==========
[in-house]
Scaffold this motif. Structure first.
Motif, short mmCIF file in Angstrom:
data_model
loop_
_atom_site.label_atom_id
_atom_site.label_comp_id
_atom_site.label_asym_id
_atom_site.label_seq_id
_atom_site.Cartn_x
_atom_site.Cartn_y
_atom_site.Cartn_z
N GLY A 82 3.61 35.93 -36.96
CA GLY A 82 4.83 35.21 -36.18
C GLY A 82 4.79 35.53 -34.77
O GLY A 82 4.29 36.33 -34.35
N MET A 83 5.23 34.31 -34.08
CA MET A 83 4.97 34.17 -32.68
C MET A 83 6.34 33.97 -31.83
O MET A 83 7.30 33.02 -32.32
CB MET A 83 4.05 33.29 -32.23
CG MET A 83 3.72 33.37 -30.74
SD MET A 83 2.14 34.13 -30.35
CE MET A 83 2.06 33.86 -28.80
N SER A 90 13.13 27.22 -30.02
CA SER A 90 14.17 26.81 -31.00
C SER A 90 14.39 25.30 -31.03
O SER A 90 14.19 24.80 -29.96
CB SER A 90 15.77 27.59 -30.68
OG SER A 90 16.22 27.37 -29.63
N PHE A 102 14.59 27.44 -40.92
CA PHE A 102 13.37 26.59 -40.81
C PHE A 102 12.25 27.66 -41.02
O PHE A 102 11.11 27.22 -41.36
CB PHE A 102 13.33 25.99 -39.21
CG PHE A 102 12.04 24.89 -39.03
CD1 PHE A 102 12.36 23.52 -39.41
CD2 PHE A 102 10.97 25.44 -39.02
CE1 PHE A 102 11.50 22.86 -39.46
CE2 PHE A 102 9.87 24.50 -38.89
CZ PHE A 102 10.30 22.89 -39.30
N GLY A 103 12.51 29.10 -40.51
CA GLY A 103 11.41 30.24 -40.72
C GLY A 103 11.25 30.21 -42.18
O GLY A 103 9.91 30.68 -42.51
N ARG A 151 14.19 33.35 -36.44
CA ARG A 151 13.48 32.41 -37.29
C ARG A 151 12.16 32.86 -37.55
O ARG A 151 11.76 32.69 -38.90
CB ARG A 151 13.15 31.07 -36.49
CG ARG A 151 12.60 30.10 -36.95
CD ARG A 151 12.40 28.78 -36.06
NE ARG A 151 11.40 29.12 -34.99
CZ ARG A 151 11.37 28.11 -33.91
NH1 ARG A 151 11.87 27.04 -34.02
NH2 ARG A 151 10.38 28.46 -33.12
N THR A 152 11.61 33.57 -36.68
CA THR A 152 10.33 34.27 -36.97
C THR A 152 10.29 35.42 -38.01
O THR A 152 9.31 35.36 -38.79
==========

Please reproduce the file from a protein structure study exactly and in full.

[in-house]
Scaffold this motif. Structure first.
Motif, short mmCIF file in Angstrom:
data_model
loop_
_atom_site.label_atom_id
_atom_site.label_comp_id
_atom_site.label_asym_id
_atom_site.label_seq_id
_atom_site.Cartn_x
_atom_site.Cartn_y
_atom_site.Cartn_z
N GLY A 82 3.61 35.93 -36.96
CA GLY A 82 4.83 35.21 -36.18
C GLY A 82 4.79 35.53 -34.77
O GLY A 82 4.29 36.33 -34.35
N MET A 83 5.23 34.31 -34.08
CA MET A 83 4.97 34.17 -32.68
C MET A 83 6.34 33.97 -31.83
O MET A 83 7.30 33.02 -32.32
CB MET A 83 4.05 33.29 -32.23
CG MET A 83 3.72 33.37 -30.74
SD MET A 83 2.14 34.13 -30.35
CE MET A 83 2.06 33.86 -28.80
N SER A 90 13.13 27.22 -30.02
CA SER A 90 14.17 26.81 -31.00
C SER A 90 14.39 25.30 -31.03
O SER A 90 14.19 24.80 -29.96
CB SER A 90 15.77 27.59 -30.68
OG SER A 90 16.22 27.37 -29.63
N PHE A 102 14.59 27.44 -40.92
CA PHE A 102 13.37 26.59 -40.81
C PHE A 102 12.25 27.66 -41.02
O PHE A 102 11.11 27.22 -41.36
CB PHE A 102 13.33 25.99 -39.21
CG PHE A 102 12.04 24.89 -39.03
CD1 PHE A 102 12.36 23.52 -39.41
CD2 PHE A 102 10.97 25.44 -39.02
CE1 PHE A 102 11.50 22.86 -39.46
CE2 PHE A 102 9.87 24.50 -38.89
CZ PHE A 102 10.30 22.89 -39.30
N GLY A 103 12.51 29.10 -40.51
CA GLY A 103 11.41 30.24 -40.72
C GLY A 103 11.25 30.21 -42.18
O GLY A 103 9.91 30.68 -42.51
N ARG A 151 14.19 33.35 -36.44
CA ARG A 151 13.48 32.41 -37.29
C ARG A 151 12.16 32.86 -37.55
O ARG A 151 11.76 32.69 -38.90
CB ARG A 151 13.15 31.07 -36.49
CG ARG A 151 12.60 30.10 -36.95
CD ARG A 151 12.40 28.78 -36.06
NE ARG A 151 11.40 29.12 -34.99
CZ ARG A 151 11.37 28.11 -33.91
NH1 ARG A 151 11.87 27.04 -34.02
NH2 ARG A 151 10.38 28.46 -33.12
N THR A 152 11.61 33.57 -36.68
CA THR A 152 10.33 34.27 -36.97
C THR A 152 10.29 35.42 -38.01
O THR A 152 9.31 35.36 -38.79